“They are clever helpers. It is not
something that’s been trained, and they
readily come to help without prompting
or without being rewarded.”
they’re not particularly coordinated.
But not all researchers shun 2-yearolds. The next lab I visited was at Harvard University in Cambridge, Massachusetts, and it has made this age
group something of a specialty,
through work on toddler altruism (a
phrase that, admittedly, rings rather
hollow in parental ears).
One advantage of testing slightly
older babies and children is that they
are able to perform relatively complicated tasks. In the Laboratory for Developmental Studies, the toddlers
But while this was an interesting
idea in principle, his advisers at the
Max Planck Institute for Evolutionary
Anthropology in Germany said it was
quite impossible in practice. Once
toddlers got their hot little hands on
a desirable object, Warneken was told,
“they’ll just hold onto it, and there’s
no way they’ll give it back.” Besides,
prominent psychologists had previously argued that children are selfish
until they are socialized; they acquire
altruistic behaviors only as childhood
progresses and they are rewarded for
help across these different situations,
and do it very spontaneously,” he says.
“They are clever helpers. It is not something that’s been trained, and they
readily come to help without prompting or without being rewarded.”
The children even help when it’s a
personal burden. Warneken showed me
a videotaped experiment of a toddler
wallowing in a wading pool full of plastic balls. It was clear that he was having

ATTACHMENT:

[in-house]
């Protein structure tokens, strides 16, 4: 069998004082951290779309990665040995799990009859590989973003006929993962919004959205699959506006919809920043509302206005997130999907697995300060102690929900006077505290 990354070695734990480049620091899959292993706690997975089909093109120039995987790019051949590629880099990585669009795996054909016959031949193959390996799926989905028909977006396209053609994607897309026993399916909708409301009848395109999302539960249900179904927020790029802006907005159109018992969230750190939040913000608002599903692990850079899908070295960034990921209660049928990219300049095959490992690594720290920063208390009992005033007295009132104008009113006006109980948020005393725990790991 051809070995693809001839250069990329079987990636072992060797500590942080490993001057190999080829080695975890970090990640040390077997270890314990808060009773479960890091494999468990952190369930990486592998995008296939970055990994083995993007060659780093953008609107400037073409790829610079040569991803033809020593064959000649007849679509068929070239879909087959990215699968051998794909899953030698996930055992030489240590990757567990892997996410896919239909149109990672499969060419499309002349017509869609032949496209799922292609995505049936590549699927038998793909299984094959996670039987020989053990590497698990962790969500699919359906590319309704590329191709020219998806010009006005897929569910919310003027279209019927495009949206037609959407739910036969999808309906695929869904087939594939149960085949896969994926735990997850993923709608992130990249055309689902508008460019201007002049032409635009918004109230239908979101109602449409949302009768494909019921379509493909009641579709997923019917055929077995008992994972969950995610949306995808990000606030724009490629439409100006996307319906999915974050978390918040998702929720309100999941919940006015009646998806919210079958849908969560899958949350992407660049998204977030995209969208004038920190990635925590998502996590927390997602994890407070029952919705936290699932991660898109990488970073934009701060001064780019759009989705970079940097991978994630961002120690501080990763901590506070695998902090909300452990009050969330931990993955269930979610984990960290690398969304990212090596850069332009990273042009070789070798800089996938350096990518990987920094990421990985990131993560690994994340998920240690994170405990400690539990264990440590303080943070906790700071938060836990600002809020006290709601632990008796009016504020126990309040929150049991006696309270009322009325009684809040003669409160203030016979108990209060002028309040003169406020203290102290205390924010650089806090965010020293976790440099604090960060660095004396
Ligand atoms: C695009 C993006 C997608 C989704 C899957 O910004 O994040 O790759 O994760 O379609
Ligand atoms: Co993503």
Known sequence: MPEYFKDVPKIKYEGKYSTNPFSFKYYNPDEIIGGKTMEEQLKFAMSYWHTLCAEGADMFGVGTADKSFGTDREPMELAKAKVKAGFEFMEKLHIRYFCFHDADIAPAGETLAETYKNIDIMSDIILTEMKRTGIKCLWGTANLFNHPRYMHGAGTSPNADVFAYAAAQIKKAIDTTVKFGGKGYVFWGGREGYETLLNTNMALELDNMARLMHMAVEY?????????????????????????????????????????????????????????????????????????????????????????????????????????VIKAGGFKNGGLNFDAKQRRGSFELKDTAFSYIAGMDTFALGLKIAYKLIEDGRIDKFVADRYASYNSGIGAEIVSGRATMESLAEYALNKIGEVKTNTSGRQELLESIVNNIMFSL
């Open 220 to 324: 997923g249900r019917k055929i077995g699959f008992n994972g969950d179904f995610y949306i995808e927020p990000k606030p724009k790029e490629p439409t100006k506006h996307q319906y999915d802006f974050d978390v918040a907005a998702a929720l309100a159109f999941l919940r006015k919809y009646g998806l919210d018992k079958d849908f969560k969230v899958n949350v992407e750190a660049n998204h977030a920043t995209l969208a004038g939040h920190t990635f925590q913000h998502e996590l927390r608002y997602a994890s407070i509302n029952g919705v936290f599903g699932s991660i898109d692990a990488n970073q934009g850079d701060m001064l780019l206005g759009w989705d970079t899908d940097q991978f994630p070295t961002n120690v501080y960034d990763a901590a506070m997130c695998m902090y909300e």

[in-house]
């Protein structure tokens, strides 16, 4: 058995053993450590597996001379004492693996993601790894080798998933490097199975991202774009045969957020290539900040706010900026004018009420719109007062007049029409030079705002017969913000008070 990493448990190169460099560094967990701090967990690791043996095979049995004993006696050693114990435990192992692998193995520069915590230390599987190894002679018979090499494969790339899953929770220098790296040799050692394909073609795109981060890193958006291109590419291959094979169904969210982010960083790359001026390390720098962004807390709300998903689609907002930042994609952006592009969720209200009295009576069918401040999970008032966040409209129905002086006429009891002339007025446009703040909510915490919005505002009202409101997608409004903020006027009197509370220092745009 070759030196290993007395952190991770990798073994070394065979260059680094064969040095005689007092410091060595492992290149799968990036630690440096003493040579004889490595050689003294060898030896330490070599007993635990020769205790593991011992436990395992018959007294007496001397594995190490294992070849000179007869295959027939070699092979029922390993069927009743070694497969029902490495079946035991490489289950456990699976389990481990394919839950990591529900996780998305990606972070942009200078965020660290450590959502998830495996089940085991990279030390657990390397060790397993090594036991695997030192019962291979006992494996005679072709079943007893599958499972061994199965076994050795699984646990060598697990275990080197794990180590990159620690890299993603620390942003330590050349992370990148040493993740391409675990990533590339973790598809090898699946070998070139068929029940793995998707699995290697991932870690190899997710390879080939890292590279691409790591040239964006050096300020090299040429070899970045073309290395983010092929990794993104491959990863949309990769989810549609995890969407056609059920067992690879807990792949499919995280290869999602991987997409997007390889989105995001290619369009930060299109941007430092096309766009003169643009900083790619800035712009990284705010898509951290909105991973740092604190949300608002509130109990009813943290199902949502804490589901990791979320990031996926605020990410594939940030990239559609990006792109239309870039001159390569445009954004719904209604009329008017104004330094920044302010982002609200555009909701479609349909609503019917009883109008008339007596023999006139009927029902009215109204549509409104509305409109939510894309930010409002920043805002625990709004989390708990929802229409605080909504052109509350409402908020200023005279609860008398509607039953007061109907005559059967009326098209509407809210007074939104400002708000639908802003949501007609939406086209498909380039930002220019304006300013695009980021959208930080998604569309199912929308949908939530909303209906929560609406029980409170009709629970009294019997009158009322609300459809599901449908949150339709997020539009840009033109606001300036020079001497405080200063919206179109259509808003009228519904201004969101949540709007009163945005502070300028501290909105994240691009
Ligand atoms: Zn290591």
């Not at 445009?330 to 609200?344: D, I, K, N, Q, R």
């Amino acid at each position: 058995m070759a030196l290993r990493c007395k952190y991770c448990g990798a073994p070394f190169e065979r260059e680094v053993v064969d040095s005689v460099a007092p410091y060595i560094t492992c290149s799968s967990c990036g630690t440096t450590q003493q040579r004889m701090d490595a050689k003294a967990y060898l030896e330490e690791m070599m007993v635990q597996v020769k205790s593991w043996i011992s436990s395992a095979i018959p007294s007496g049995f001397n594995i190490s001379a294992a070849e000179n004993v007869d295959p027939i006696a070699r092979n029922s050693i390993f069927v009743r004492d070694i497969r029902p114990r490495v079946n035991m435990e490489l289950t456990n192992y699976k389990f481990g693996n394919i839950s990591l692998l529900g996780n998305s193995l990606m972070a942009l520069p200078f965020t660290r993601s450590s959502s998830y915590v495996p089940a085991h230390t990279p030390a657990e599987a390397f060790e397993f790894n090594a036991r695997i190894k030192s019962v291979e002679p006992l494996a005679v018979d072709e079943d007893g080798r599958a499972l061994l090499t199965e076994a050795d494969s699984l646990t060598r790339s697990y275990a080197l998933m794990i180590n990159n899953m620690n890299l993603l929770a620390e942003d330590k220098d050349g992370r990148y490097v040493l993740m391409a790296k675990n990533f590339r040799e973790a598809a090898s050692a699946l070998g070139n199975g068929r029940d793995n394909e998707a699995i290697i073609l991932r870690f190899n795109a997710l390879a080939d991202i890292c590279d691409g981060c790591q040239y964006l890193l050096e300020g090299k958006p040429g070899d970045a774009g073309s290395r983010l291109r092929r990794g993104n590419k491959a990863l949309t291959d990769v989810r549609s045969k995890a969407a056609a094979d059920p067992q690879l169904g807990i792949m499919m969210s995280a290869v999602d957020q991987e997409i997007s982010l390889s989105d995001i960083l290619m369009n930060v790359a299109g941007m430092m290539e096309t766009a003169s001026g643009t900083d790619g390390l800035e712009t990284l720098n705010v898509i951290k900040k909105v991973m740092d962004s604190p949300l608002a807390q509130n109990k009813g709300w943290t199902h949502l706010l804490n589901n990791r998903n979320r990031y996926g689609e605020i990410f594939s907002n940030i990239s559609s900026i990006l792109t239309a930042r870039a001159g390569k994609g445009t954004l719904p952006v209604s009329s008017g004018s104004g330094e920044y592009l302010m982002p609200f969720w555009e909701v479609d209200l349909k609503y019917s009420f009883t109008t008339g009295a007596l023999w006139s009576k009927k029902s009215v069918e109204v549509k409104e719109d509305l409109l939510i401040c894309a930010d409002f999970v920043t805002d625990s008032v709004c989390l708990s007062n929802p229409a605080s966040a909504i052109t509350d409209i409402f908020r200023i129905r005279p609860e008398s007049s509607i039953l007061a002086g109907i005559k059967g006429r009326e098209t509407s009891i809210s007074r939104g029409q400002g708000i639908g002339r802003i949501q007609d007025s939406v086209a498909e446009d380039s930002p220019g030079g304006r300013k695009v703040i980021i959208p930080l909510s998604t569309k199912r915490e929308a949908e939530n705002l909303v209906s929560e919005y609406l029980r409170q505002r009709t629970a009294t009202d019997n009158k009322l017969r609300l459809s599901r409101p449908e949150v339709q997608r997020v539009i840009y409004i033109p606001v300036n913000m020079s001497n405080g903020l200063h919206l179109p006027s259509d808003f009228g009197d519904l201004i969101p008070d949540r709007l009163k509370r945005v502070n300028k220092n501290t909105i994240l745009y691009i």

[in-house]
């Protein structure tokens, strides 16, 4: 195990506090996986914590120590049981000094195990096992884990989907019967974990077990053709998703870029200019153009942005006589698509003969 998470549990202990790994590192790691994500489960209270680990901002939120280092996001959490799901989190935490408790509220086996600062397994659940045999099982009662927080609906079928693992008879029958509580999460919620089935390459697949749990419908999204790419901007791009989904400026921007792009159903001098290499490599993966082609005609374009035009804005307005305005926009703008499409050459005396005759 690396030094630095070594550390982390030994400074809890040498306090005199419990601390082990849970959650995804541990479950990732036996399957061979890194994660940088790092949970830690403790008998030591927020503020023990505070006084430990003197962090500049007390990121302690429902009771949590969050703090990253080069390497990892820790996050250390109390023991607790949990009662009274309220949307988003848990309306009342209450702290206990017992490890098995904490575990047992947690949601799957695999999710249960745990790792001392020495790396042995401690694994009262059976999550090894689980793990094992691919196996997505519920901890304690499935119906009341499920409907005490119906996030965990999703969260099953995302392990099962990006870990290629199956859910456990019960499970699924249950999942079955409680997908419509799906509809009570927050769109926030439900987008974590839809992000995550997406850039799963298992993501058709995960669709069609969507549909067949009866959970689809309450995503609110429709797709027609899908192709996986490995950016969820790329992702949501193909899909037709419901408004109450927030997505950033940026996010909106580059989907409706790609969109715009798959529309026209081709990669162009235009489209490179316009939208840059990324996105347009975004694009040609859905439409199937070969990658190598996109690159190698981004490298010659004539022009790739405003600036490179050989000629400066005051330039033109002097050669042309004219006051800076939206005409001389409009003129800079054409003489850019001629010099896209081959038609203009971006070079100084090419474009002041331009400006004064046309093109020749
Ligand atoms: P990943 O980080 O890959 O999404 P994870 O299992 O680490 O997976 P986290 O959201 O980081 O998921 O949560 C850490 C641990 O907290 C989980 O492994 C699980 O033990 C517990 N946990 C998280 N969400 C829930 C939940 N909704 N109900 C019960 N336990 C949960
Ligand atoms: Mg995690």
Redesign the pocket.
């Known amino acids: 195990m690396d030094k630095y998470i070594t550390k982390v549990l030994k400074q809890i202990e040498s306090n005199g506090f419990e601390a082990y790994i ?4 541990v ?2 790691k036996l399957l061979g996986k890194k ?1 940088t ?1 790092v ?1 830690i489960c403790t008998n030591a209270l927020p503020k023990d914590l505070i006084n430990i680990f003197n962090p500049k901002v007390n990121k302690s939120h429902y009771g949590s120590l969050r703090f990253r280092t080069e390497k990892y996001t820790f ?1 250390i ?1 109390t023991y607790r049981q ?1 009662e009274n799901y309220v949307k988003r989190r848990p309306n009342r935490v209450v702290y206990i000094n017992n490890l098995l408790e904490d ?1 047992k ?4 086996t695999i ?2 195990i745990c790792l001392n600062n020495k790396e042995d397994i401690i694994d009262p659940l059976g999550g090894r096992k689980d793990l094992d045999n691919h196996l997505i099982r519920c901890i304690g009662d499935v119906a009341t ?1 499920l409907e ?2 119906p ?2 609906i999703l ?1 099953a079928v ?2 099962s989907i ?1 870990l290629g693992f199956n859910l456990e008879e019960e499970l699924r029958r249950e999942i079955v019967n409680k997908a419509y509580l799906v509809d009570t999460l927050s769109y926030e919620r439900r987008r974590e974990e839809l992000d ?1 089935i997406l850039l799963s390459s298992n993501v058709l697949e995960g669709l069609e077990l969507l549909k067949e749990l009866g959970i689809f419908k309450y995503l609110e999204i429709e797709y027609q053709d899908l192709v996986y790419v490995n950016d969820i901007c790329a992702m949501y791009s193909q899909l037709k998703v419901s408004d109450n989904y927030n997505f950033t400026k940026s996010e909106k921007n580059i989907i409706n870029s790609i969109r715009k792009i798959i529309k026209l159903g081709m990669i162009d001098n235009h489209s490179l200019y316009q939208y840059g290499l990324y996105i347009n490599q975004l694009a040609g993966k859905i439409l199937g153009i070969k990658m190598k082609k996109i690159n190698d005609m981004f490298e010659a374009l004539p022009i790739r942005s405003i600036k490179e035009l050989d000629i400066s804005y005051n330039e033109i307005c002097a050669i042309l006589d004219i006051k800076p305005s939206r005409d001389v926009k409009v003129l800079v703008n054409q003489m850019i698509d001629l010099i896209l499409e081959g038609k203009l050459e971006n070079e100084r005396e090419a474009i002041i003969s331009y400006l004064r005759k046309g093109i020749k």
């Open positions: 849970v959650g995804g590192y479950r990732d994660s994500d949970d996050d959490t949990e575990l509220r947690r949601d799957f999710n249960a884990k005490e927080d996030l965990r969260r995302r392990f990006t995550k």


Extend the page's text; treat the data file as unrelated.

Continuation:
the time of his life. Then a klutzy experimenter seated at a nearby desk
dropped her pen on the floor. She
Janu ary 2013 I SMITHSO NIAN .COM
Many of the children tested read
the situation correctly and rushed to her
aid, often yelling “Your can fell!” with
great alacrity before handing it back.
seemed to have great trouble recovering it and made unhappy sounds. The
child shot her a woebegone look before
dutifully hauling himself out of the ball
pit, picking up the pen and returning it
to the researcher. At last he felt free to
belly flop into the ball pit once more, that, by helping another at a
cost to himself, he had met the formal
definition of altruism.
Because they were manifested in 18month -olds, Warneken believed that
the helping behaviors might be innate,
not taught or imitated. To test his assumption, he turned to one of our two
nearest primate relatives, the chimpanzee. Intellectually, an adult chimp
and a 2-year-old are evenly matched:
They have roughly equivalenttool-using skills and memories and perform
the same in causal learning tests.
The first chimps Warneken studied,
nurse1y-raised in a German zoo, were
comfortable with select people. He replaced objects alien to chimps (such as
. pens) with familiar materials like the
sponges that caretakers use to clean
the facilities. Warneken waited in the